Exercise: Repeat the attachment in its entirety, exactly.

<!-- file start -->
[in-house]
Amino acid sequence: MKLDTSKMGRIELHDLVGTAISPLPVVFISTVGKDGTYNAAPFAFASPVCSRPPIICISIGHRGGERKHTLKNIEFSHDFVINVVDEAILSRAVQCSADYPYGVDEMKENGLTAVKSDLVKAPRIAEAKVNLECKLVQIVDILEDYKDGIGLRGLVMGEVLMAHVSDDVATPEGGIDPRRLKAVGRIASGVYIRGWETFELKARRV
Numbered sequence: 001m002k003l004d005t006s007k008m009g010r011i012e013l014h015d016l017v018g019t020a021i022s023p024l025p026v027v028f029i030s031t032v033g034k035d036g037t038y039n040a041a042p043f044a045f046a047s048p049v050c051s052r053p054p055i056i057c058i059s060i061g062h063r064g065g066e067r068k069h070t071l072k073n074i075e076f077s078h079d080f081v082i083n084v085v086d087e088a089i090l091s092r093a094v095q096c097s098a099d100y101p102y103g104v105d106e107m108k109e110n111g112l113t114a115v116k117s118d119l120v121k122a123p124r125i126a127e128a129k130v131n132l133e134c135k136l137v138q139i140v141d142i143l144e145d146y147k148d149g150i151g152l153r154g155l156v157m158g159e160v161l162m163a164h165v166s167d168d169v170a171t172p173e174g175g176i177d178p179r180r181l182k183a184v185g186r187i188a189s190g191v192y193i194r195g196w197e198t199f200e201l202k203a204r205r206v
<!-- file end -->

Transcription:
[in-house]
Amino acid sequence: MKLDTSKMGRIELHDLVGTAISPLPVVFISTVGKDGTYNAAPFAFASPVCSRPPIICISIGHRGGERKHTLKNIEFSHDFVINVVDEAILSRAVQCSADYPYGVDEMKENGLTAVKSDLVKAPRIAEAKVNLECKLVQIVDILEDYKDGIGLRGLVMGEVLMAHVSDDVATPEGGIDPRRLKAVGRIASGVYIRGWETFELKARRV
Numbered sequence: 001m002k003l004d005t006s007k008m009g010r011i012e013l014h015d016l017v018g019t020a021i022s023p024l025p026v027v028f029i030s031t032v033g034k035d036g037t038y039n040a041a042p043f044a045f046a047s048p049v050c051s052r053p054p055i056i057c058i059s060i061g062h063r064g065g066e067r068k069h070t071l072k073n074i075e076f077s078h079d080f081v082i083n084v085v086d087e088a089i090l091s092r093a094v095q096c097s098a099d100y101p102y103g104v105d106e107m108k109e110n111g112l113t114a115v116k117s118d119l120v121k122a123p124r125i126a127e128a129k130v131n132l133e134c135k136l137v138q139i140v141d142i143l144e145d146y147k148d149g150i151g152l153r154g155l156v157m158g159e160v161l162m163a164h165v166s167d168d169v170a171t172p173e174g175g176i177d178p179r180r181l182k183a184v185g186r187i188a189s190g191v192y193i194r195g196w197e198t199f200e201l202k203a204r205r206v